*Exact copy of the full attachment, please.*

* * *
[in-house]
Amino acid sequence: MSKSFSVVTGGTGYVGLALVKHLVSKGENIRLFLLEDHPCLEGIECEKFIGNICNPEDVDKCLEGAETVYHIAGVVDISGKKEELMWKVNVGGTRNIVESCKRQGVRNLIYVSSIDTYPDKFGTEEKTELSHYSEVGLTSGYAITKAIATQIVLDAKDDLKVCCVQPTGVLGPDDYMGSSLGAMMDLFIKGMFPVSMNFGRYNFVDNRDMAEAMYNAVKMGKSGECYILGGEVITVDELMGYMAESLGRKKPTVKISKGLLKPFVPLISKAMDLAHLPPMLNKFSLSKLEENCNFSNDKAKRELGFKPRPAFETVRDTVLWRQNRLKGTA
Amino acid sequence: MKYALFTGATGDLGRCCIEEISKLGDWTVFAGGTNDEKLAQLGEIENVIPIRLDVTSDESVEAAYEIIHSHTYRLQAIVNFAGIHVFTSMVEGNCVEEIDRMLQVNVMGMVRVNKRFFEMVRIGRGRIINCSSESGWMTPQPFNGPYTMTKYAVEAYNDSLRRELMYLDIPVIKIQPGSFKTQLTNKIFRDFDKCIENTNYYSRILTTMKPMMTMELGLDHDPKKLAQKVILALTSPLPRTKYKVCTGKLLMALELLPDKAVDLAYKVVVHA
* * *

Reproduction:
[in-house]
Amino acid sequence: MSKSFSVVTGGTGYVGLALVKHLVSKGENIRLFLLEDHPCLEGIECEKFIGNICNPEDVDKCLEGAETVYHIAGVVDISGKKEELMWKVNVGGTRNIVESCKRQGVRNLIYVSSIDTYPDKFGTEEKTELSHYSEVGLTSGYAITKAIATQIVLDAKDDLKVCCVQPTGVLGPDDYMGSSLGAMMDLFIKGMFPVSMNFGRYNFVDNRDMAEAMYNAVKMGKSGECYILGGEVITVDELMGYMAESLGRKKPTVKISKGLLKPFVPLISKAMDLAHLPPMLNKFSLSKLEENCNFSNDKAKRELGFKPRPAFETVRDTVLWRQNRLKGTA
Amino acid sequence: MKYALFTGATGDLGRCCIEEISKLGDWTVFAGGTNDEKLAQLGEIENVIPIRLDVTSDESVEAAYEIIHSHTYRLQAIVNFAGIHVFTSMVEGNCVEEIDRMLQVNVMGMVRVNKRFFEMVRIGRGRIINCSSESGWMTPQPFNGPYTMTKYAVEAYNDSLRRELMYLDIPVIKIQPGSFKTQLTNKIFRDFDKCIENTNYYSRILTTMKPMMTMELGLDHDPKKLAQKVILALTSPLPRTKYKVCTGKLLMALELLPDKAVDLAYKVVVHA